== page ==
At a time in which the Foreign Account Tax Compliance (“FATCA”) provisions of the “Hiring Incentives to Restore Employment Act of 2010” (‘HIRE Act”) have been coming under increasing criticism within the EU and Asia due to concerns that these provisions will result in significantly increased compliance costs for financial institutions, the IRS has released further guidance in the form of Notice 2011-34 (the “Notice”).
The Notice generally supplements and expands on guidance issued last August in Notice 2010-60, which left a number of issues unresolved to be determined at the discretion of the IRS and the US Treasury. Some of these have now been clarified with the release of the Notice, but a number of significant issues remain unresolved including the proper treatment of trusts and trustees. Treasury and the IRS continue to work on proposed regulations and draft FFI agreements, but no specific release dates have been set.
Summary of Key Provisions
The Notice provides additional guidance with respect to six areas:
- The procedures to be followed by participating Foreign Financial Institutions (“FFIs”) in identifying US accounts among their pre-existing individual accounts. A new “private banking” category will require the disclosure of US citizen and green card account holders where the relationship manager or other personnel know of the account holder’s US status;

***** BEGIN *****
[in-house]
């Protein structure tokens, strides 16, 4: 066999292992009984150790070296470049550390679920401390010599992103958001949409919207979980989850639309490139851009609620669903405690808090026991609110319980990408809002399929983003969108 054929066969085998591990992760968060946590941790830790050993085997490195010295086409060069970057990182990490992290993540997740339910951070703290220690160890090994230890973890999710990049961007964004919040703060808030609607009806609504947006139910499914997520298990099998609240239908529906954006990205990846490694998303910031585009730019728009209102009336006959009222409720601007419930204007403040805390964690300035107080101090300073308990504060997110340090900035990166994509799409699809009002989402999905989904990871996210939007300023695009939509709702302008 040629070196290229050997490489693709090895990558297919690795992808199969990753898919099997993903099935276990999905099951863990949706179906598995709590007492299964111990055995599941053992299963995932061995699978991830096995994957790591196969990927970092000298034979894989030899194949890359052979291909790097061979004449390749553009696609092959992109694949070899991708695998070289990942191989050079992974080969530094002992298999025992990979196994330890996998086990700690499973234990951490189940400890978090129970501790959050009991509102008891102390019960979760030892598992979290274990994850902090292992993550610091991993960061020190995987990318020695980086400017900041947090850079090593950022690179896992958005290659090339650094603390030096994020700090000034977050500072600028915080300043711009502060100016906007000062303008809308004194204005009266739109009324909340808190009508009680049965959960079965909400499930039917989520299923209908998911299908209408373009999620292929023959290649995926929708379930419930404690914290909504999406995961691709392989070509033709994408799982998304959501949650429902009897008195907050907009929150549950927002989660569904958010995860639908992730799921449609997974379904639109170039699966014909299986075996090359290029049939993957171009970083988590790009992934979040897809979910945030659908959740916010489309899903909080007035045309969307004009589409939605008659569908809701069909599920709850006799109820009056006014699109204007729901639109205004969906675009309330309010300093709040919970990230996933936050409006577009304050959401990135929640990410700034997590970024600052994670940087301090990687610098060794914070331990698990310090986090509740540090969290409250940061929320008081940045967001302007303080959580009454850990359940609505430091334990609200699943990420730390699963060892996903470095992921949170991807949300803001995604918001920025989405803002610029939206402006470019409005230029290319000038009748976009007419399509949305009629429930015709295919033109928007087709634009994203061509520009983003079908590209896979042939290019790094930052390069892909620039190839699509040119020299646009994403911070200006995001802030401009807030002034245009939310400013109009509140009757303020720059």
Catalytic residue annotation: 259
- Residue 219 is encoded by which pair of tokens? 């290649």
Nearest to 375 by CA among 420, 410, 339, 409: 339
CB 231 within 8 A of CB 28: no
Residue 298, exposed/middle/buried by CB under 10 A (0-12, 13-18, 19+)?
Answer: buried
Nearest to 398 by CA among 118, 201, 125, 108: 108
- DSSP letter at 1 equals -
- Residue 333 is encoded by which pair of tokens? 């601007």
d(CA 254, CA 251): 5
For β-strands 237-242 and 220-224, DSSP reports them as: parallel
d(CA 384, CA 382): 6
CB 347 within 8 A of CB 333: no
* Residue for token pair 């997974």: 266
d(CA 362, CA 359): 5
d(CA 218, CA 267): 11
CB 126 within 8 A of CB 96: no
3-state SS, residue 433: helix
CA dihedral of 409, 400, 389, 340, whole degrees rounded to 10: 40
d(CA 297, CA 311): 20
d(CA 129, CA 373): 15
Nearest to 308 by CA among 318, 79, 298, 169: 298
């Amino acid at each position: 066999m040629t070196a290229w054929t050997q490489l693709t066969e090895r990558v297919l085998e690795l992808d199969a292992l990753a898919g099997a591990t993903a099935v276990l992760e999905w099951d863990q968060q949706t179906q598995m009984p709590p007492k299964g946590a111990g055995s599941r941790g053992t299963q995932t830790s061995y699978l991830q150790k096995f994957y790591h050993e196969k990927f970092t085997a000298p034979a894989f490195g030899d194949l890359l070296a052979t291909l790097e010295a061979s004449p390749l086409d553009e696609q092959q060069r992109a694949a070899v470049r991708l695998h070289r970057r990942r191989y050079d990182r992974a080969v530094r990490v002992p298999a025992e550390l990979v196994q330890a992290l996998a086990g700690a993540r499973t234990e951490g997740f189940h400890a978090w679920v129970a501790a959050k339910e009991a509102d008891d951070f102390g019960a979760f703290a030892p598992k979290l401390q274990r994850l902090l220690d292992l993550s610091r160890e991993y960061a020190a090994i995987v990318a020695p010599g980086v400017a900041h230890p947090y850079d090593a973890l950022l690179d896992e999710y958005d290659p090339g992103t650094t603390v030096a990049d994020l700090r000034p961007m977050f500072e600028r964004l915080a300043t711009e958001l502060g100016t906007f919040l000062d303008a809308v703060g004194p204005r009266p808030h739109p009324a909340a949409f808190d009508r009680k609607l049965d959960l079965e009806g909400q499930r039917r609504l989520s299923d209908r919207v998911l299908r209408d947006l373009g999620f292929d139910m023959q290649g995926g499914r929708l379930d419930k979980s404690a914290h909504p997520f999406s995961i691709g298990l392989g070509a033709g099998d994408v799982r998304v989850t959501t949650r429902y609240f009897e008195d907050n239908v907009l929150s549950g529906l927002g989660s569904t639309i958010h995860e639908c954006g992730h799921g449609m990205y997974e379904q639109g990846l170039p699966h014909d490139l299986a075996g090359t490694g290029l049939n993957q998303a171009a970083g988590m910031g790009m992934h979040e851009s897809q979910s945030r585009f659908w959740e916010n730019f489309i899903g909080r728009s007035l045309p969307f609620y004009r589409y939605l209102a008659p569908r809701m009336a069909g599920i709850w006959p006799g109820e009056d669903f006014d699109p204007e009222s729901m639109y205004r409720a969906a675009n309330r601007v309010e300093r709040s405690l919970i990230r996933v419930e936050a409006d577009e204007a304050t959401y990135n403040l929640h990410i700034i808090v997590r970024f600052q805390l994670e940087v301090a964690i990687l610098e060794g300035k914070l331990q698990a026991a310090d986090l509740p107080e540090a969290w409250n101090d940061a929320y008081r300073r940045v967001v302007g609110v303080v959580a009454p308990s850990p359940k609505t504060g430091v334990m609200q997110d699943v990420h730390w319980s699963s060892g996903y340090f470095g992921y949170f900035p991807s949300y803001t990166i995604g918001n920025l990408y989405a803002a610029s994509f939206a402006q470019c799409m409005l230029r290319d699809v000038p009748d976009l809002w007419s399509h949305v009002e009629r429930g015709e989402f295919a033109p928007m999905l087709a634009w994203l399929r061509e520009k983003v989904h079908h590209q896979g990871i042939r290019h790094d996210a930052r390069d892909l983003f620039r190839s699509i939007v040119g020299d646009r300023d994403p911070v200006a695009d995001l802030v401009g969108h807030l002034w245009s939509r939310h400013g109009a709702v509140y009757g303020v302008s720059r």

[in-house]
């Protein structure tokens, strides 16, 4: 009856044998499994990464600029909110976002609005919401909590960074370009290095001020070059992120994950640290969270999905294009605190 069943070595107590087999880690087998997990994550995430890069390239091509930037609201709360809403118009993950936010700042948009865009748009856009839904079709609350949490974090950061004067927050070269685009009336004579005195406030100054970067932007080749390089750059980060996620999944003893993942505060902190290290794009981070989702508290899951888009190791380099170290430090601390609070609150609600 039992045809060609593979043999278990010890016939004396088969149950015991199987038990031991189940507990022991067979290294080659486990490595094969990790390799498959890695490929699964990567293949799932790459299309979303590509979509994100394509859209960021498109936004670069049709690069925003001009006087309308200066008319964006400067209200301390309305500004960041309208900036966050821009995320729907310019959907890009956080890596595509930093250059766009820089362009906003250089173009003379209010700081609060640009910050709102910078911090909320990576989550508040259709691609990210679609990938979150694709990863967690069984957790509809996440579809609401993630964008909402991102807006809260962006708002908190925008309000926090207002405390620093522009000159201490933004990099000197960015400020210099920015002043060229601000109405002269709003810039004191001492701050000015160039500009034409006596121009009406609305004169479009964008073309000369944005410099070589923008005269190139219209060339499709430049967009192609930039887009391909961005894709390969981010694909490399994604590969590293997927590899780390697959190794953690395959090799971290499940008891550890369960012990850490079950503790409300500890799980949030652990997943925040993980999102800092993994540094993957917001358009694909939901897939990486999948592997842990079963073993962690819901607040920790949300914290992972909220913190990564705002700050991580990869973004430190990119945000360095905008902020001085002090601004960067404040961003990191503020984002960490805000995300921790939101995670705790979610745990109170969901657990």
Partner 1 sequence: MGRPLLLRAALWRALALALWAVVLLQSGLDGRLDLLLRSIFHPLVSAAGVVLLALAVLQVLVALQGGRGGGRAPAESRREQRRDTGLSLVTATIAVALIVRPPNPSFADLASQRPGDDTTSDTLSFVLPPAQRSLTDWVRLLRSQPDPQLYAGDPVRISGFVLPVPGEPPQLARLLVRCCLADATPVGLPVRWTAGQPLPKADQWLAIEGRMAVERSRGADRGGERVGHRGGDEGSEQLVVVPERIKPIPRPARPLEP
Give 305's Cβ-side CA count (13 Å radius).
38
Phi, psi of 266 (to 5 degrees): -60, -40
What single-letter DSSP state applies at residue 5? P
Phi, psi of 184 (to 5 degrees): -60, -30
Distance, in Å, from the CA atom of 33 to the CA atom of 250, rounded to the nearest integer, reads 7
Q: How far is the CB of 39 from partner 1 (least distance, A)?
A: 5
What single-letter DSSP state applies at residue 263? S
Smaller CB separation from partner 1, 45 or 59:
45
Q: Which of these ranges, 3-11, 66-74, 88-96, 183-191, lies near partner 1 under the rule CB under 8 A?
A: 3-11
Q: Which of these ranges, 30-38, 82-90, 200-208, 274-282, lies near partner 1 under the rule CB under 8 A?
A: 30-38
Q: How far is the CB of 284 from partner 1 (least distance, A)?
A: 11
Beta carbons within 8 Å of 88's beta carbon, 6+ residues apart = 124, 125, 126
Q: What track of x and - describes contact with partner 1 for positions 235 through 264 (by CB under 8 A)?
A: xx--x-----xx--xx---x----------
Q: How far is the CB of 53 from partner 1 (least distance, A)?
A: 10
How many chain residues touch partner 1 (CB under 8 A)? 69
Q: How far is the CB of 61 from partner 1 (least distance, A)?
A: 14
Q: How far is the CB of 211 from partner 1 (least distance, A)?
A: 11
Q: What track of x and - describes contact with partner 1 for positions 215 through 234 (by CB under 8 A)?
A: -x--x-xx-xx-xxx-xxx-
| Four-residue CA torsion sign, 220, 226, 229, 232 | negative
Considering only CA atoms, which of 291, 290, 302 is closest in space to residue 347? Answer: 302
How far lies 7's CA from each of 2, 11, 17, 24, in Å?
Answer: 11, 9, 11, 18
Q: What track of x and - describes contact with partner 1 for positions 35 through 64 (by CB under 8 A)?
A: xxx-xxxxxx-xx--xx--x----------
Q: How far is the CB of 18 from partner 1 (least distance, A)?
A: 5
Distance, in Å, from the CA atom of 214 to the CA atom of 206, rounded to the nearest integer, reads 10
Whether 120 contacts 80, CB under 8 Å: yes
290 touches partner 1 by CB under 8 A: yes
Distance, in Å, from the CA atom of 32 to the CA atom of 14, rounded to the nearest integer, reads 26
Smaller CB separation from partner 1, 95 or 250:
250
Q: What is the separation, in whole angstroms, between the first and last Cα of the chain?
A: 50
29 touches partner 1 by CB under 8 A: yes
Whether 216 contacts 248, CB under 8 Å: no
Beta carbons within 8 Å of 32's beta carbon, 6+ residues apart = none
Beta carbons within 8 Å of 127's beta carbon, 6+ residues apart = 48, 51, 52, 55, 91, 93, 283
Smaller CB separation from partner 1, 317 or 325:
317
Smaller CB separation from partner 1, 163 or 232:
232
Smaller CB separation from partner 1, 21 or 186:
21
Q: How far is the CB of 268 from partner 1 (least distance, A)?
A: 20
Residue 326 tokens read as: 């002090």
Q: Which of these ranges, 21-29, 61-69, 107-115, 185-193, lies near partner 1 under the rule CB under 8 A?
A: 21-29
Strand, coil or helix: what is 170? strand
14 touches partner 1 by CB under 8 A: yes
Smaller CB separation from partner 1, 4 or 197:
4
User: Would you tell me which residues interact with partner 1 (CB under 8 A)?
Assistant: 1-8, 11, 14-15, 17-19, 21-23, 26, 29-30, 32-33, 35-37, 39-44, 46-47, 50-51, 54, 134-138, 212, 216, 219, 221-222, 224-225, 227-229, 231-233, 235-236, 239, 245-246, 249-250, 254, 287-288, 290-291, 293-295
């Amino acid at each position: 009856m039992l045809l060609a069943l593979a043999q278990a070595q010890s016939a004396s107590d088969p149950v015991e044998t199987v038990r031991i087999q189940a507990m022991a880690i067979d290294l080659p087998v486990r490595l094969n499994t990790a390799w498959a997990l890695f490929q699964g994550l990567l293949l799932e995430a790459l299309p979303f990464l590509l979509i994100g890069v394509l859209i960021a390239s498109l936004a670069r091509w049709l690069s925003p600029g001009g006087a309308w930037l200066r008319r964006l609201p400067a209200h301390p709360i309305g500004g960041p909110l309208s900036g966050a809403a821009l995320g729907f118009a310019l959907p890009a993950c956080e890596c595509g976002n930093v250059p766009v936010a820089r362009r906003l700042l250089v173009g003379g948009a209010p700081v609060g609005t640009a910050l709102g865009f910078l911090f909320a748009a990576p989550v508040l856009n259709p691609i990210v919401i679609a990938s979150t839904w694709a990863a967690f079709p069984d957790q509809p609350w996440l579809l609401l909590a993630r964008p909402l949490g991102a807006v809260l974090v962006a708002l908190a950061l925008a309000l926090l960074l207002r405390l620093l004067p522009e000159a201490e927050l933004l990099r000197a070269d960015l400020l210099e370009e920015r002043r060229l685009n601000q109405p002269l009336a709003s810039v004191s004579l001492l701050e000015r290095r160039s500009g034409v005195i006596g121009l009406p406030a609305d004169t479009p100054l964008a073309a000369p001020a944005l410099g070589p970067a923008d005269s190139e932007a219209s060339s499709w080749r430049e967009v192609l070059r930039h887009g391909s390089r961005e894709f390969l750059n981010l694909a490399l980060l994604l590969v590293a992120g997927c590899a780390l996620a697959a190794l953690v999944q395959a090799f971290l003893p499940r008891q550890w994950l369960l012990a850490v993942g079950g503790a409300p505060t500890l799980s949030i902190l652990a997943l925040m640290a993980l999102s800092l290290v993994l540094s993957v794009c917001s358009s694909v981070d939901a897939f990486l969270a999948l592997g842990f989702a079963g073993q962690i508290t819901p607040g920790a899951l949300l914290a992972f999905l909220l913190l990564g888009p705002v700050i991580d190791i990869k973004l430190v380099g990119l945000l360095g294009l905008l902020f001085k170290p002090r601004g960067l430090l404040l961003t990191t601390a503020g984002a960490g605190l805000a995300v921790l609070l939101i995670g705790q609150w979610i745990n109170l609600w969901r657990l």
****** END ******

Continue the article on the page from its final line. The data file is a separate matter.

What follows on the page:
- The definition of the term “passthru payment” and the obligation of participating FFIs to withhold on passthru payments have been expanded to generally require withholding on a portion of each payment to a recalcitrant account holder or non-participating FFI, even potentially where those account holders have no US investment whatsoever, except with respect to certain custodial payments;
- The categories of FFIs that will be “deemed compliant”;
- The manner, frequency, and type of information an FFI must report with respect to US accounts;
- The integration of duties of an FFI when it is also a Qualified Intermediary or Withholding Foreign Partnership or Trust under the Qualified Intermediary regime; and
- The application of the FFI regime to expanded affiliated groups.
US Account Identification Procedures